Seventeenth Sunday of the Year July 27, 2008

1 Kings 3:5.7-12 Romans 8:28-30 Matthew 13:44-52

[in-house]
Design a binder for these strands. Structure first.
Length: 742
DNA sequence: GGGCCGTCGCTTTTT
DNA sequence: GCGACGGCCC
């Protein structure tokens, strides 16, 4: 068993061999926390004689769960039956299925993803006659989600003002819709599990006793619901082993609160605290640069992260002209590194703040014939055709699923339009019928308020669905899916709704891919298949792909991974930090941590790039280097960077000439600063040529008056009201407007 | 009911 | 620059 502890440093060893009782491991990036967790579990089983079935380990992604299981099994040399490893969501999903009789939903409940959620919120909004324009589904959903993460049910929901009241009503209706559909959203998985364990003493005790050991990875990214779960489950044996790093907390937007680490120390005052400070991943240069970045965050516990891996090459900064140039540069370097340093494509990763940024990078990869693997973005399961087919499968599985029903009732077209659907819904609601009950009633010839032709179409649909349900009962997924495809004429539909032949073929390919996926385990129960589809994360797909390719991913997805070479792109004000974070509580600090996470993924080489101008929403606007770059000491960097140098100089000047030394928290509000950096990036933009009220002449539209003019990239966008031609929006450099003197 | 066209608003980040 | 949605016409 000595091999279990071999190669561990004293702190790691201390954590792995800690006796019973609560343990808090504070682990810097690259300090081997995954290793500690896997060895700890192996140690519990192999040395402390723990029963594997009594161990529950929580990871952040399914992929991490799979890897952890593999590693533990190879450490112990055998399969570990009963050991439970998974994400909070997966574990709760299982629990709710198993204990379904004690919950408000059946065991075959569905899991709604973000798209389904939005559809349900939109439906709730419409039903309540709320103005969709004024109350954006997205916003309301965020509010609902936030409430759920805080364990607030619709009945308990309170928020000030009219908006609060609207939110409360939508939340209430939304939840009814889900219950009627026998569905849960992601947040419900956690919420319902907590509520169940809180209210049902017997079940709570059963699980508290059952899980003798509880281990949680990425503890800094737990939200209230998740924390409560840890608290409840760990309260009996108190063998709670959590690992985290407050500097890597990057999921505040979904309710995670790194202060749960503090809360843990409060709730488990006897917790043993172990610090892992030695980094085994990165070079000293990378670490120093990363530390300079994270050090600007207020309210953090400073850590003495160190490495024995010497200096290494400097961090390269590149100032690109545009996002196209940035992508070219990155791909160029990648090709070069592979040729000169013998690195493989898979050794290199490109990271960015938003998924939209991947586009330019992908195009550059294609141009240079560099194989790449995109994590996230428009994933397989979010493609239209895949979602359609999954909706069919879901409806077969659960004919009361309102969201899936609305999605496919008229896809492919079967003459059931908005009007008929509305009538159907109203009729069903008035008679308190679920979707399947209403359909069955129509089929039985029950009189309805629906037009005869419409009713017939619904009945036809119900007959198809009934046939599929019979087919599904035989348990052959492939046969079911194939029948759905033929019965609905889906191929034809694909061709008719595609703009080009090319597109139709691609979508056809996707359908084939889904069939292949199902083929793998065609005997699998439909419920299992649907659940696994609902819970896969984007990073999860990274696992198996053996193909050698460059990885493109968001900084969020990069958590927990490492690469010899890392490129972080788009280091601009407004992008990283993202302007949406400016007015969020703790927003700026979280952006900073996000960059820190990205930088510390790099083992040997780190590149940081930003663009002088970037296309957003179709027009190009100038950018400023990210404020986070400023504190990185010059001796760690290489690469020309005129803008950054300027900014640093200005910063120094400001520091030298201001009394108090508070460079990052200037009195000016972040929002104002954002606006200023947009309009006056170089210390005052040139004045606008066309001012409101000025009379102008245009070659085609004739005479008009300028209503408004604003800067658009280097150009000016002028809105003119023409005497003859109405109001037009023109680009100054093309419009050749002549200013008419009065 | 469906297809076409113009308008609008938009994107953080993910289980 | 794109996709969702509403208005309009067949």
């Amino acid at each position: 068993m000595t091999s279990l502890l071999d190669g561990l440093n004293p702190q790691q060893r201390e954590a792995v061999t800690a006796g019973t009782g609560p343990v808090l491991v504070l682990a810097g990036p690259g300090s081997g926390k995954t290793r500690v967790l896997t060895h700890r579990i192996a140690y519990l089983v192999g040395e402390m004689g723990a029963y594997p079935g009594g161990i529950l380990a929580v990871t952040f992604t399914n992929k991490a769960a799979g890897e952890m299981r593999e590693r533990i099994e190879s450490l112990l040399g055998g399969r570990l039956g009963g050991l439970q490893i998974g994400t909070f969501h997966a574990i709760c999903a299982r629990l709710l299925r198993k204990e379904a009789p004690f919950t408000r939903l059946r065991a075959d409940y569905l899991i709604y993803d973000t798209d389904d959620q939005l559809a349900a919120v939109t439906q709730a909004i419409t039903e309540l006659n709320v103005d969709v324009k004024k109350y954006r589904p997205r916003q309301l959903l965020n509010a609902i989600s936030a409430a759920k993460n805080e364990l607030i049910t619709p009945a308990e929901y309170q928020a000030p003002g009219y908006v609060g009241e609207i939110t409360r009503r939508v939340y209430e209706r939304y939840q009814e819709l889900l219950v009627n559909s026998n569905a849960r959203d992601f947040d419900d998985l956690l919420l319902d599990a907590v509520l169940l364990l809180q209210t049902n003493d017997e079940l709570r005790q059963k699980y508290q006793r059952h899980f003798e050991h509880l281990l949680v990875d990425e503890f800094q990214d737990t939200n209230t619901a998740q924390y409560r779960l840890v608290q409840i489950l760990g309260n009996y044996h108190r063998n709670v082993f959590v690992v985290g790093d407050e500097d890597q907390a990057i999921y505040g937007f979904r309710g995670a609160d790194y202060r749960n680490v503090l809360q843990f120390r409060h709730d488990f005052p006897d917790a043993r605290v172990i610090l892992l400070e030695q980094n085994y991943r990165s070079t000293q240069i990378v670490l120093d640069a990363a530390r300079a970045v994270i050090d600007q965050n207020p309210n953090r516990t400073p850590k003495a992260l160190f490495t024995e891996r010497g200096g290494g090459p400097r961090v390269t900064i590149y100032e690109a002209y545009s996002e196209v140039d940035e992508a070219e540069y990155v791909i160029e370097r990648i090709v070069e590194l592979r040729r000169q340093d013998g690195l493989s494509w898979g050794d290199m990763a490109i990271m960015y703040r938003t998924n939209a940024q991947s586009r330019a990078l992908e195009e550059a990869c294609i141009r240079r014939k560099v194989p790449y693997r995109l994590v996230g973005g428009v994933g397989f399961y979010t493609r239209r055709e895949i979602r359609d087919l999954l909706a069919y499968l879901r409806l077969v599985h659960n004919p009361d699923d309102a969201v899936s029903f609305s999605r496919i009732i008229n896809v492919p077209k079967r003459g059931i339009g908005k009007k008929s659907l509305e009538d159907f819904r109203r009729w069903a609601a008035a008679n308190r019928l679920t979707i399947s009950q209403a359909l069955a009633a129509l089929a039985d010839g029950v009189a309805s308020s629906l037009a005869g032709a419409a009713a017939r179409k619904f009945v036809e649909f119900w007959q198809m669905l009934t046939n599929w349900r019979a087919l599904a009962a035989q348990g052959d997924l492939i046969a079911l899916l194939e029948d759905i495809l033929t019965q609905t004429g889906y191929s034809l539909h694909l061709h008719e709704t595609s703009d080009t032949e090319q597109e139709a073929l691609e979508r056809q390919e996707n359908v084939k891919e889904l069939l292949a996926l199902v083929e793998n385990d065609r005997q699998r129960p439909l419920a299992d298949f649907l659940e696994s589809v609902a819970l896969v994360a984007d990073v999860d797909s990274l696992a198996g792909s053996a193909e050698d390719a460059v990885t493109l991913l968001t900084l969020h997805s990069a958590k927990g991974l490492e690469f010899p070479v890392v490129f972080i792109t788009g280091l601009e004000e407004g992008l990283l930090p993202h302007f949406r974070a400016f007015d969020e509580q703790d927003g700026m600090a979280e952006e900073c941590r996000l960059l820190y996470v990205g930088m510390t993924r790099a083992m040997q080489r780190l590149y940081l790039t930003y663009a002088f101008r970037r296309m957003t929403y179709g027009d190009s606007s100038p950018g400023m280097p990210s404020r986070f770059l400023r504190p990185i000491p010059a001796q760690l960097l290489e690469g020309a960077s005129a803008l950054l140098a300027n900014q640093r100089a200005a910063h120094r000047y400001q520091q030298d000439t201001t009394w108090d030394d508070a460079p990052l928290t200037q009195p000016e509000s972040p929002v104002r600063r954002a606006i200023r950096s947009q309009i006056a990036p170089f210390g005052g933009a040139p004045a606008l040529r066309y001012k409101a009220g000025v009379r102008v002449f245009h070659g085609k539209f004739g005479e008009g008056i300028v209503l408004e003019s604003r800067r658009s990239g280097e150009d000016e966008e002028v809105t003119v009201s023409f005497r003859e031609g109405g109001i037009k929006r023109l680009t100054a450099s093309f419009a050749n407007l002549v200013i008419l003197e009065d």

The Gospel today is rich in images: buried treasure, fine pearls, and nets full of fish.  But then it ends on a frightening note of wailing and grinding of teeth.  With a sigh of relief we remember that the net collects all manners of fish regardless of quality. It even includes the clam, which though ugly in appearance is the source of the fine pearl.  Unlike other precious stones, the pearl originates in a living thing, a speck of foreign matter making way inside the shell.  It is now held closely and transformed into something very precious.  In the first reading Solomon asked for wisdom and discernment.  Wisdom is much more than knowing a lot of things or having prestigious university degrees.  Being endowed with wisdom is much more than being just a morally very good person.  Wisdom gives an in-sight into what is truly important in life, an awareness of the meaning and purpose of living, of what really matters.  With Solomon we pray for a wise and discerning mind one that recognizes the potential for goodness in everyone regardless of our own prejudices. In the words of St Paul, we are called and justified, the strong and the week, friend and the stranger as me move on our journey to glory, led by his grace. Paul tells the Romans how God knew before creation which one of us would respond to His grace through our own free will. He knew beforehand which ones of us would live our Christian faith in accordance with the teachings of Jesus, shining in Divine love so we may inherit the Kingdom of God.